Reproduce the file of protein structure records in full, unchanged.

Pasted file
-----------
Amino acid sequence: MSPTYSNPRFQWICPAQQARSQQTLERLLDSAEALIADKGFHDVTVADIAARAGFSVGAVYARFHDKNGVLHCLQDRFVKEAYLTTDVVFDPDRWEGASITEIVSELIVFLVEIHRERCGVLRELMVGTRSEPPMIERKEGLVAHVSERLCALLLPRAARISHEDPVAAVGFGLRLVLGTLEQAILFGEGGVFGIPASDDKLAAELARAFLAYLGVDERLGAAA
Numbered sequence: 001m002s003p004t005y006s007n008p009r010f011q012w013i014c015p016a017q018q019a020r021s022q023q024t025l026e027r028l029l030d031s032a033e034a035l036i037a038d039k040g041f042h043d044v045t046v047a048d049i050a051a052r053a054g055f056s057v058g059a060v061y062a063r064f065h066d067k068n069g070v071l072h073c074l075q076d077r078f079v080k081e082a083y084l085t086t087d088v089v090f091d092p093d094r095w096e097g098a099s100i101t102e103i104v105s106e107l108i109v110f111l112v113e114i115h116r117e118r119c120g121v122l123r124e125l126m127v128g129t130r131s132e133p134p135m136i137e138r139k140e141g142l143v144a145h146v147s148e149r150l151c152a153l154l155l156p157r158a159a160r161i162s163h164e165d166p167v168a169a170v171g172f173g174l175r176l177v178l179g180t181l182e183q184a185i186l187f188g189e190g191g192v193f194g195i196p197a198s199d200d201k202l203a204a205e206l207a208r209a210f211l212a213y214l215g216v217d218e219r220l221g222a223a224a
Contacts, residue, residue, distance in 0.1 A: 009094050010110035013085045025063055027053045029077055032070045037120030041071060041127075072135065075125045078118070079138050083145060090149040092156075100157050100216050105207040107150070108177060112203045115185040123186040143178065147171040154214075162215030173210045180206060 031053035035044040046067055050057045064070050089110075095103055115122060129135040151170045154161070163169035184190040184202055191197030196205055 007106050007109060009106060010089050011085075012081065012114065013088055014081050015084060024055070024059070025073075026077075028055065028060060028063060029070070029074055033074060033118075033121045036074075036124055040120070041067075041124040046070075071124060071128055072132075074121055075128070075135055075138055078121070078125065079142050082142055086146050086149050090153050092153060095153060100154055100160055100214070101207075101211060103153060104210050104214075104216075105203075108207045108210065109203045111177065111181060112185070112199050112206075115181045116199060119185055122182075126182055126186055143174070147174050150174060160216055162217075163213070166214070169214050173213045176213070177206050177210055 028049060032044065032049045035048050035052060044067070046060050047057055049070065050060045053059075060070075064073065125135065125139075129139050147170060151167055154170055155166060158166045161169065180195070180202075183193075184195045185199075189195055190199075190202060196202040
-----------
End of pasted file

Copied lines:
Amino acid sequence: MSPTYSNPRFQWICPAQQARSQQTLERLLDSAEALIADKGFHDVTVADIAARAGFSVGAVYARFHDKNGVLHCLQDRFVKEAYLTTDVVFDPDRWEGASITEIVSELIVFLVEIHRERCGVLRELMVGTRSEPPMIERKEGLVAHVSERLCALLLPRAARISHEDPVAAVGFGLRLVLGTLEQAILFGEGGVFGIPASDDKLAAELARAFLAYLGVDERLGAAA
Numbered sequence: 001m002s003p004t005y006s007n008p009r010f011q012w013i014c015p016a017q018q019a020r021s022q023q024t025l026e027r028l029l030d031s032a033e034a035l036i037a038d039k040g041f042h043d044v045t046v047a048d049i050a051a052r053a054g055f056s057v058g059a060v061y062a063r064f065h066d067k068n069g070v071l072h073c074l075q076d077r078f079v080k081e082a083y084l085t086t087d088v089v090f091d092p093d094r095w096e097g098a099s100i101t102e103i104v105s106e107l108i109v110f111l112v113e114i115h116r117e118r119c120g121v122l123r124e125l126m127v128g129t130r131s132e133p134p135m136i137e138r139k140e141g142l143v144a145h146v147s148e149r150l151c152a153l154l155l156p157r158a159a160r161i162s163h164e165d166p167v168a169a170v171g172f173g174l175r176l177v178l179g180t181l182e183q184a185i186l187f188g189e190g191g192v193f194g195i196p197a198s199d200d201k202l203a204a205e206l207a208r209a210f211l212a213y214l215g216v217d218e219r220l221g222a223a224a
Contacts, residue, residue, distance in 0.1 A: 009094050010110035013085045025063055027053045029077055032070045037120030041071060041127075072135065075125045078118070079138050083145060090149040092156075100157050100216050105207040107150070108177060112203045115185040123186040143178065147171040154214075162215030173210045180206060 031053035035044040046067055050057045064070050089110075095103055115122060129135040151170045154161070163169035184190040184202055191197030196205055 007106050007109060009106060010089050011085075012081065012114065013088055014081050015084060024055070024059070025073075026077075028055065028060060028063060029070070029074055033074060033118075033121045036074075036124055040120070041067075041124040046070075071124060071128055072132075074121055075128070075135055075138055078121070078125065079142050082142055086146050086149050090153050092153060095153060100154055100160055100214070101207075101211060103153060104210050104214075104216075105203075108207045108210065109203045111177065111181060112185070112199050112206075115181045116199060119185055122182075126182055126186055143174070147174050150174060160216055162217075163213070166214070169214050173213045176213070177206050177210055 028049060032044065032049045035048050035052060044067070046060050047057055049070065050060045053059075060070075064073065125135065125139075129139050147170060151167055154170055155166060158166045161169065180195070180202075183193075184195045185199075189195055190199075190202060196202040